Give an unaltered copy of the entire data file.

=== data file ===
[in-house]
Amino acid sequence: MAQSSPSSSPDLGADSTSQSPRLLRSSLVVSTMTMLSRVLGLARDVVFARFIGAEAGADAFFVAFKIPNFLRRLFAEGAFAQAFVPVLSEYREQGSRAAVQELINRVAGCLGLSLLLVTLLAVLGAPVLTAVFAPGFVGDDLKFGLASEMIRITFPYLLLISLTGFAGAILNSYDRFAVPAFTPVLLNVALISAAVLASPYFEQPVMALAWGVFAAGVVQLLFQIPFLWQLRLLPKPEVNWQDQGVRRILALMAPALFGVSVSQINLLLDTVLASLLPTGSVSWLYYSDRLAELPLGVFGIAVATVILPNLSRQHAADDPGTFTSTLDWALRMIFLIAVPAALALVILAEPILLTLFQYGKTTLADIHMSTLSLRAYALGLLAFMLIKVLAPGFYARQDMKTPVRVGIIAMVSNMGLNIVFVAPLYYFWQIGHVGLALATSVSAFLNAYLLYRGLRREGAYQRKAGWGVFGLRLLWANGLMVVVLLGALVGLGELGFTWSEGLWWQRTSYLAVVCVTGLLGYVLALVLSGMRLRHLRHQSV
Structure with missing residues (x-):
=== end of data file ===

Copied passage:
[in-house]
Amino acid sequence: MAQSSPSSSPDLGADSTSQSPRLLRSSLVVSTMTMLSRVLGLARDVVFARFIGAEAGADAFFVAFKIPNFLRRLFAEGAFAQAFVPVLSEYREQGSRAAVQELINRVAGCLGLSLLLVTLLAVLGAPVLTAVFAPGFVGDDLKFGLASEMIRITFPYLLLISLTGFAGAILNSYDRFAVPAFTPVLLNVALISAAVLASPYFEQPVMALAWGVFAAGVVQLLFQIPFLWQLRLLPKPEVNWQDQGVRRILALMAPALFGVSVSQINLLLDTVLASLLPTGSVSWLYYSDRLAELPLGVFGIAVATVILPNLSRQHAADDPGTFTSTLDWALRMIFLIAVPAALALVILAEPILLTLFQYGKTTLADIHMSTLSLRAYALGLLAFMLIKVLAPGFYARQDMKTPVRVGIIAMVSNMGLNIVFVAPLYYFWQIGHVGLALATSVSAFLNAYLLYRGLRREGAYQRKAGWGVFGLRLLWANGLMVVVLLGALVGLGELGFTWSEGLWWQRTSYLAVVCVTGLLGYVLALVLSGMRLRHLRHQSV
Structure with missing residues (x-):